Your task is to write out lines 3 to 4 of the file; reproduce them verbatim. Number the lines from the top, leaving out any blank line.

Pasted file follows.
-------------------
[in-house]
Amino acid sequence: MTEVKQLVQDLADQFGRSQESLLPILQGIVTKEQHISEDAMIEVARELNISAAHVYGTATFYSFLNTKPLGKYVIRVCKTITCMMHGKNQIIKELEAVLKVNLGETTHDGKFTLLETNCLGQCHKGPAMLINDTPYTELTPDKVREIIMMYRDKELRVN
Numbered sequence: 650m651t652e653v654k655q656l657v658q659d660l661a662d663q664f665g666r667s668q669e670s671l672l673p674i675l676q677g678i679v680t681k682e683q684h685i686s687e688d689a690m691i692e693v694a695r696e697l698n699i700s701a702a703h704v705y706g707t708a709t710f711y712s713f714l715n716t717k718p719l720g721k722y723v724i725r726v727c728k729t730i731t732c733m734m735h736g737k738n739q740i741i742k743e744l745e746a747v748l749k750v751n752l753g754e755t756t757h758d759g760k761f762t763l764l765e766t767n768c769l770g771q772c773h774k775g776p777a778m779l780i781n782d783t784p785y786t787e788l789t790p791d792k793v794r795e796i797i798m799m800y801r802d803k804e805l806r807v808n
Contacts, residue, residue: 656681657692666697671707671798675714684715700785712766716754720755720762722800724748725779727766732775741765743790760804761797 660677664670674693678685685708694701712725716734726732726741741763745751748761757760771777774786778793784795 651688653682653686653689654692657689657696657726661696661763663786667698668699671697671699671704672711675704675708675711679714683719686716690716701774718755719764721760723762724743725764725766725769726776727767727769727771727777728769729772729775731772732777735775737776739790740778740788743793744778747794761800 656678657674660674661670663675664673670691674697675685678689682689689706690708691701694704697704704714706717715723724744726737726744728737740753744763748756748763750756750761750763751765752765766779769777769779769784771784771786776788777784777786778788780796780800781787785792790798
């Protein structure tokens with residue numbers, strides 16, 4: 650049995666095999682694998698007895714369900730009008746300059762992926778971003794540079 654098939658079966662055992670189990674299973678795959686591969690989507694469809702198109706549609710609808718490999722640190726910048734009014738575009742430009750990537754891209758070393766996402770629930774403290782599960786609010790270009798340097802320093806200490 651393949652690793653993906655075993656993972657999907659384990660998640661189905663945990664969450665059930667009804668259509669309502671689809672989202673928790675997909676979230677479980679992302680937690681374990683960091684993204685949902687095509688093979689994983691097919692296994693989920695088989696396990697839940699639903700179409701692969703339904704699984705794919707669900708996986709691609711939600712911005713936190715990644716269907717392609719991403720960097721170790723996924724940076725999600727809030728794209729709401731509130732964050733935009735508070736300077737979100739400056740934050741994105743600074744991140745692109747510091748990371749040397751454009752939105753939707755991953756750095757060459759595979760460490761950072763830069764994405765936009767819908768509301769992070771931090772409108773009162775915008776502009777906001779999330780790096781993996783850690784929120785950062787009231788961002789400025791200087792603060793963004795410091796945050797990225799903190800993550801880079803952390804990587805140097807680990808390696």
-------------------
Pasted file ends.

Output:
Numbered sequence: 650m651t652e653v654k655q656l657v658q659d660l661a662d663q664f665g666r667s668q669e670s671l672l673p674i675l676q677g678i679v680t681k682e683q684h685i686s687e688d689a690m691i692e693v694a695r696e697l698n699i700s701a702a703h704v705y706g707t708a709t710f711y712s713f714l715n716t717k718p719l720g721k722y723v724i725r726v727c728k729t730i731t732c733m734m735h736g737k738n739q740i741i742k743e744l745e746a747v748l749k750v751n752l753g754e755t756t757h758d759g760k761f762t763l764l765e766t767n768c769l770g771q772c773h774k775g776p777a778m779l780i781n782d783t784p785y786t787e788l789t790p791d792k793v794r795e796i797i798m799m800y801r802d803k804e805l806r807v808n
Contacts, residue, residue: 656681657692666697671707671798675714684715700785712766716754720755720762722800724748725779727766732775741765743790760804761797 660677664670674693678685685708694701712725716734726732726741741763745751748761757760771777774786778793784795 651688653682653686653689654692657689657696657726661696661763663786667698668699671697671699671704672711675704675708675711679714683719686716690716701774718755719764721760723762724743725764725766725769726776727767727769727771727777728769729772729775731772732777735775737776739790740778740788743793744778747794761800 656678657674660674661670663675664673670691674697675685678689682689689706690708691701694704697704704714706717715723724744726737726744728737740753744763748756748763750756750761750763751765752765766779769777769779769784771784771786776788777784777786778788780796780800781787785792790798